## Head Disk Assembly

(HDA) A sealed, high capacity mainframe hard disk with integral heads, as opposed to a removable disk.

Last updated: 1999-01-13

### Nearby terms:

HDTV ♦ hdx ♦ **Head Disk Assembly** ♦ header ♦ Head Normal Form ♦ head normalisation theorem

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## header

1. The portion of a packet, preceding the actual data, containing source and destination addresses, error checking and other fields.

2. The part of an electronic mail message or news article that precedes the body of a message and contains, among other things, the sender's name and e-mail address and the date and time the message was sent.

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Head Disk Assembly ♦ **header** ♦ Head Normal Form ♦ head normalisation theorem

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## Head Normal Form

(HNF) A term describing a lambda expression whose top level is either a variable, a data value, a built-in function applied to too few arguments, or a lambda abstraction whose body is not reducible. I.e. the top level is neither a redex nor a lambda abstraction with a reducible body.

An expression in HNF may contain redexes in argument postions whereas a normal form may not.

Compare Weak Head Normal Form.

Last updated: 2003-01-08

### Nearby terms:

header ♦ **Head Normal Form** ♦ head normalisation theorem ♦ heads down

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## head normalisation theorem

Under the typed lambda-calculus, beta/delta reduction of the left-most redex (normal order reduction) is guaranteed to terminate with a head normal form if one exists. See also Church-Rosser theorem.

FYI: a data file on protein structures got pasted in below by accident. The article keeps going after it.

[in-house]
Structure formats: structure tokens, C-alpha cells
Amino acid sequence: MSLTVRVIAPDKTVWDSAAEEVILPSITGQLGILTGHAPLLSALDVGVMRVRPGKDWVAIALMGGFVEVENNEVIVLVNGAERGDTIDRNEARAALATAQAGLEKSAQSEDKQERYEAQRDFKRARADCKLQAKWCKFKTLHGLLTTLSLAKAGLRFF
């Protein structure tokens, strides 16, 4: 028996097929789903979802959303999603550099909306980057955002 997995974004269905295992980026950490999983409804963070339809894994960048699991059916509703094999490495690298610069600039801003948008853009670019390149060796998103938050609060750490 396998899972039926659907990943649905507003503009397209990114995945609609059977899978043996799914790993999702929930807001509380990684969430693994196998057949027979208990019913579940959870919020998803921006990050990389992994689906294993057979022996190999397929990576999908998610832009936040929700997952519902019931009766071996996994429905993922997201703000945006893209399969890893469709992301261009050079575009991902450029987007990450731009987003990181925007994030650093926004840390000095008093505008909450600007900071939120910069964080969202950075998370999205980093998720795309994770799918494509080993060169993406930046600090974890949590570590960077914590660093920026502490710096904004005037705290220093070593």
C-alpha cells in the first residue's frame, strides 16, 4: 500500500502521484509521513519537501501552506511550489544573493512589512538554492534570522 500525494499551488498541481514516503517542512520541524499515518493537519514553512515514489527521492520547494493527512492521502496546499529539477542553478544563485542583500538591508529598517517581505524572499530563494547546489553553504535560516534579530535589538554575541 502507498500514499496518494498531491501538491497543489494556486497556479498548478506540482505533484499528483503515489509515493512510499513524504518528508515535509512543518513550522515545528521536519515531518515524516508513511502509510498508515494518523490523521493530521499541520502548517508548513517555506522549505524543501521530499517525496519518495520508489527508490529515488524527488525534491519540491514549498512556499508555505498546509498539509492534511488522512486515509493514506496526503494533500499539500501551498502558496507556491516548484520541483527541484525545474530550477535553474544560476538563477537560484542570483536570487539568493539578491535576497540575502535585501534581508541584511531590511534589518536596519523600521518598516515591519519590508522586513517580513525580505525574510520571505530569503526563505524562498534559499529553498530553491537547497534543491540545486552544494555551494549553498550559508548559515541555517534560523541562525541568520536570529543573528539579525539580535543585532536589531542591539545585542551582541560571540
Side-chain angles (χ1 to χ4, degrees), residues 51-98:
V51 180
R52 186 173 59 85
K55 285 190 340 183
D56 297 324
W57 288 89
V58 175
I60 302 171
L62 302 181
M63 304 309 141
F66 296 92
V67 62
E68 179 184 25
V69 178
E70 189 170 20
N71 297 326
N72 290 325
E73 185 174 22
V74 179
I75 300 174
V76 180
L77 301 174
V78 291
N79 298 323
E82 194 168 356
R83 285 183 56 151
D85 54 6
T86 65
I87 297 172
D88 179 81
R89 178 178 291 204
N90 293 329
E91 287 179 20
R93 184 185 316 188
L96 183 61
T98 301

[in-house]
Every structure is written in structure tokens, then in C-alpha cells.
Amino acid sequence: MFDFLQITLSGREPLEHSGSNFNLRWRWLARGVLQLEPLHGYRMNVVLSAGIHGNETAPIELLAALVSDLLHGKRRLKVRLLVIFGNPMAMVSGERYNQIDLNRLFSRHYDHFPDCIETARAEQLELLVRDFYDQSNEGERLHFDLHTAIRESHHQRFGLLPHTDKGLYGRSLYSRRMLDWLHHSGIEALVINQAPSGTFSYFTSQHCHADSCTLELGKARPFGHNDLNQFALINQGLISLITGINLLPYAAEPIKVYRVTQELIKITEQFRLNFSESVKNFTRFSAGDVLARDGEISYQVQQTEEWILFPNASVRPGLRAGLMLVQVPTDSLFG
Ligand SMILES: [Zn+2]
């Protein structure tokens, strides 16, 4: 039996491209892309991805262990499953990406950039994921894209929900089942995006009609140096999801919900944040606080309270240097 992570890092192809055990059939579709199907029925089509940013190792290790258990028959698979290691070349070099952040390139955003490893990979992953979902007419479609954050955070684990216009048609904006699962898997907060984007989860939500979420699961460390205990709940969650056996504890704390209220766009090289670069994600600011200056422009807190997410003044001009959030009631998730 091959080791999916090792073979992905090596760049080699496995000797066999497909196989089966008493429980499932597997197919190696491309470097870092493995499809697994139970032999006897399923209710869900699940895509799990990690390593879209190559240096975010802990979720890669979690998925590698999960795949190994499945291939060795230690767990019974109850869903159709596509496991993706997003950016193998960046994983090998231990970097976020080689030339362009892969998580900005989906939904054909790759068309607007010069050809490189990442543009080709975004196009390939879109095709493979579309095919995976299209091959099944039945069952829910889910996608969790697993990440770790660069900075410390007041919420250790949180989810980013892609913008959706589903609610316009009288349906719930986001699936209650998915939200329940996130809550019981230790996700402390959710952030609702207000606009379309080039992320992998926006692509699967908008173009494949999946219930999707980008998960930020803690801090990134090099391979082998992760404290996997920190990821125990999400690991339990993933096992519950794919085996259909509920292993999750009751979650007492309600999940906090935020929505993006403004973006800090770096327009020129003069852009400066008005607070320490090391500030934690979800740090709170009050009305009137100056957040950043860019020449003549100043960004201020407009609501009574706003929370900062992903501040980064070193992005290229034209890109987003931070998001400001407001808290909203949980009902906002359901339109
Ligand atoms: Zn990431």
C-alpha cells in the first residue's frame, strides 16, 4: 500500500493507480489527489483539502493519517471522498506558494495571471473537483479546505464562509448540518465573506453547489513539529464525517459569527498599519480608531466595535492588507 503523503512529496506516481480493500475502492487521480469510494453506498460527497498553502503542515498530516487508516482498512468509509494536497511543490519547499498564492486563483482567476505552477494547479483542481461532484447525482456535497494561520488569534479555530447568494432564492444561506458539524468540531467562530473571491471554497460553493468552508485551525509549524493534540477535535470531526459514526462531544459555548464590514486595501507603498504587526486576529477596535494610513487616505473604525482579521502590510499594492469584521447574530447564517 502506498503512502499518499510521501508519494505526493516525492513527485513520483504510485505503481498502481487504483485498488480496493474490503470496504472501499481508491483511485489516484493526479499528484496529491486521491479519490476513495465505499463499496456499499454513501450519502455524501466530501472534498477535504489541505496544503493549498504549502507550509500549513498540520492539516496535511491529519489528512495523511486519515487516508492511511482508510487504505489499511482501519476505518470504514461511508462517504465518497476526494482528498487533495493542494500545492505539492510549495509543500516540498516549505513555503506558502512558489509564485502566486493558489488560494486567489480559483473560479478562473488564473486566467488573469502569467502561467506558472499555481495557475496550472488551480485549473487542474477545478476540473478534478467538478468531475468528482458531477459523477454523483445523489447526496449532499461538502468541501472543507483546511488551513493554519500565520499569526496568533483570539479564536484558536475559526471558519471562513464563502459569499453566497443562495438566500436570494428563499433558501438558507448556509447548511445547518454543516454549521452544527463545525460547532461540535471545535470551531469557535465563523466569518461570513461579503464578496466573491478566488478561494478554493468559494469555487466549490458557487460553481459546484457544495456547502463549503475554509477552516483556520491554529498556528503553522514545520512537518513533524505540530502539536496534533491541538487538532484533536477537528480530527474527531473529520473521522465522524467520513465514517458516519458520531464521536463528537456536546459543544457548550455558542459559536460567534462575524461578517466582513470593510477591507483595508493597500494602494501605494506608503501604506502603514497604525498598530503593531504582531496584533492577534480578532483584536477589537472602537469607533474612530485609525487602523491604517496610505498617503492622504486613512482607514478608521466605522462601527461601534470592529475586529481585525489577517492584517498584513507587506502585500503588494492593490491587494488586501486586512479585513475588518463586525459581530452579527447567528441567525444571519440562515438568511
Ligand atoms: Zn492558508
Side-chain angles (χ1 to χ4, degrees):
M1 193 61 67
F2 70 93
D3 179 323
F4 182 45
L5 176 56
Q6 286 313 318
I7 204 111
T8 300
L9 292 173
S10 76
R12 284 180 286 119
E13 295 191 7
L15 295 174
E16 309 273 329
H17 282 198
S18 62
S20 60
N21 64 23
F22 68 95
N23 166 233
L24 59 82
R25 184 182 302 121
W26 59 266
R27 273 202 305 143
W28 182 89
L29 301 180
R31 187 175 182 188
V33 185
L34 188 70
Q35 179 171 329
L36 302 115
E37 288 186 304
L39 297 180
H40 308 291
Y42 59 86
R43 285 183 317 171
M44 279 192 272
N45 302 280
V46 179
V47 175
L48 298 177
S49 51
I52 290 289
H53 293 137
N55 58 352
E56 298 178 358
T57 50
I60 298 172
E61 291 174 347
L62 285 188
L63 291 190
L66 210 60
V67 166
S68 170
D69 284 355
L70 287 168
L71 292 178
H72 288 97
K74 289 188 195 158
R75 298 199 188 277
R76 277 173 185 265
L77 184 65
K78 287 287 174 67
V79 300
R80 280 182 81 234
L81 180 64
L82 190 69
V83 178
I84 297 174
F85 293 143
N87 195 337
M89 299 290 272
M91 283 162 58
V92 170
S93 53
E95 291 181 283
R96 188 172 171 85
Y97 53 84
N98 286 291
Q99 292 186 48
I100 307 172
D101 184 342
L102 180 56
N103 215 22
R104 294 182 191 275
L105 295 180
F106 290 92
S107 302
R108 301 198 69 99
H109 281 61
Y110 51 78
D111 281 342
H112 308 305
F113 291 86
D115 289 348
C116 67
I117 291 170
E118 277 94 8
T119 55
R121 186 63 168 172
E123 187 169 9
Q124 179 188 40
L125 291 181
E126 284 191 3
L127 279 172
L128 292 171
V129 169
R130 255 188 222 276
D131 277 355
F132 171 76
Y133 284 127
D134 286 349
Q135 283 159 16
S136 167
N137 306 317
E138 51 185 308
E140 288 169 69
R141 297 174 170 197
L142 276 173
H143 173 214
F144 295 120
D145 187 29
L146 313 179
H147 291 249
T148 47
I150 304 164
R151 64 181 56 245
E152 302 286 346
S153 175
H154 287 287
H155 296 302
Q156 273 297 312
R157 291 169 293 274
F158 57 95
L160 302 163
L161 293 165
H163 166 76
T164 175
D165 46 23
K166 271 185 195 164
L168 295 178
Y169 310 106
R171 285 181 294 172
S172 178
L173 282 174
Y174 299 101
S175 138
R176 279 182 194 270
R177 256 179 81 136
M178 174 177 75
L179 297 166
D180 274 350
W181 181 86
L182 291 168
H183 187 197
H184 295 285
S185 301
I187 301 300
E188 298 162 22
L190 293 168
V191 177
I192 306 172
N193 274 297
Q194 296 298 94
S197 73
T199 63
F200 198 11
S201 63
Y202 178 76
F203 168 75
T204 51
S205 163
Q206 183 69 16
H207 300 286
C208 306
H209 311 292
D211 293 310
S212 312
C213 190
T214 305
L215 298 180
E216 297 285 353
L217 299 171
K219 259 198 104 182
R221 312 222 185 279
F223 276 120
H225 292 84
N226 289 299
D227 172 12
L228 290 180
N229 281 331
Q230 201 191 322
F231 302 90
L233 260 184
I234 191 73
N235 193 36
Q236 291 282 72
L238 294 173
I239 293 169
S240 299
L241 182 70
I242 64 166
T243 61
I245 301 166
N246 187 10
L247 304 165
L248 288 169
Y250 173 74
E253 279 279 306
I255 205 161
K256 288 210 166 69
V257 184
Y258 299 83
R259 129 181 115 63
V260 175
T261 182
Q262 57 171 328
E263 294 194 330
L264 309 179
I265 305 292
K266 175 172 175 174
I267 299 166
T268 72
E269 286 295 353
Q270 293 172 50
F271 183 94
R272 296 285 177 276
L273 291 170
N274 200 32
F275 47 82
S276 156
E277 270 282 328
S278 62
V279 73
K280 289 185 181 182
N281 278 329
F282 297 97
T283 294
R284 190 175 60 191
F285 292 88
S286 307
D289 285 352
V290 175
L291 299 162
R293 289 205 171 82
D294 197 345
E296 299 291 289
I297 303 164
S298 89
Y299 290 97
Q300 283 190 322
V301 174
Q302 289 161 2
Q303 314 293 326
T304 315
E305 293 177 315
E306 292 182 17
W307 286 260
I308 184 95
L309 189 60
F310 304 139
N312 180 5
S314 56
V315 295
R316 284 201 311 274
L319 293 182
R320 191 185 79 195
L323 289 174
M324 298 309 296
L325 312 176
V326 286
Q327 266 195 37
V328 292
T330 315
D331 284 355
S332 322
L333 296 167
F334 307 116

### Nearby terms:

Head Normal Form ♦ **head normalisation theorem** ♦ heads down ♦ head-strict

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## heads down

[Sun] Concentrating, usually so heavily and for so long that everything outside the focus area is missed. See also hack mode and larval stage, although this mode is hardly confined to fledgling hackers.

### Nearby terms:

Head Normal Form ♦ head normalisation theorem ♦ **heads down** ♦ head-strict ♦ heap

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## head-strict

<*theory*>

A head-strict function will not necessarily evaluate every cons cell of its (list) argument, but whenever it does evaluate a cons cell it will also evaluate the element in the head of that cell. An example of a head-strict function is

beforeZero :: [Int] -> [Int] beforeZero [] = [] beforeZero (0:xs) = [] beforeZero (x:xs) = x : beforeZero xswhich returns a list up to the first zero.

This pattern of evaluation is important because it is common in functions which operate on a list of inputs.

See also tail-strict, hyperstrict.

Last updated: 1995-05-11

### Nearby terms:

head normalisation theorem ♦ heads down ♦ **head-strict** ♦ heap ♦ heartbeat

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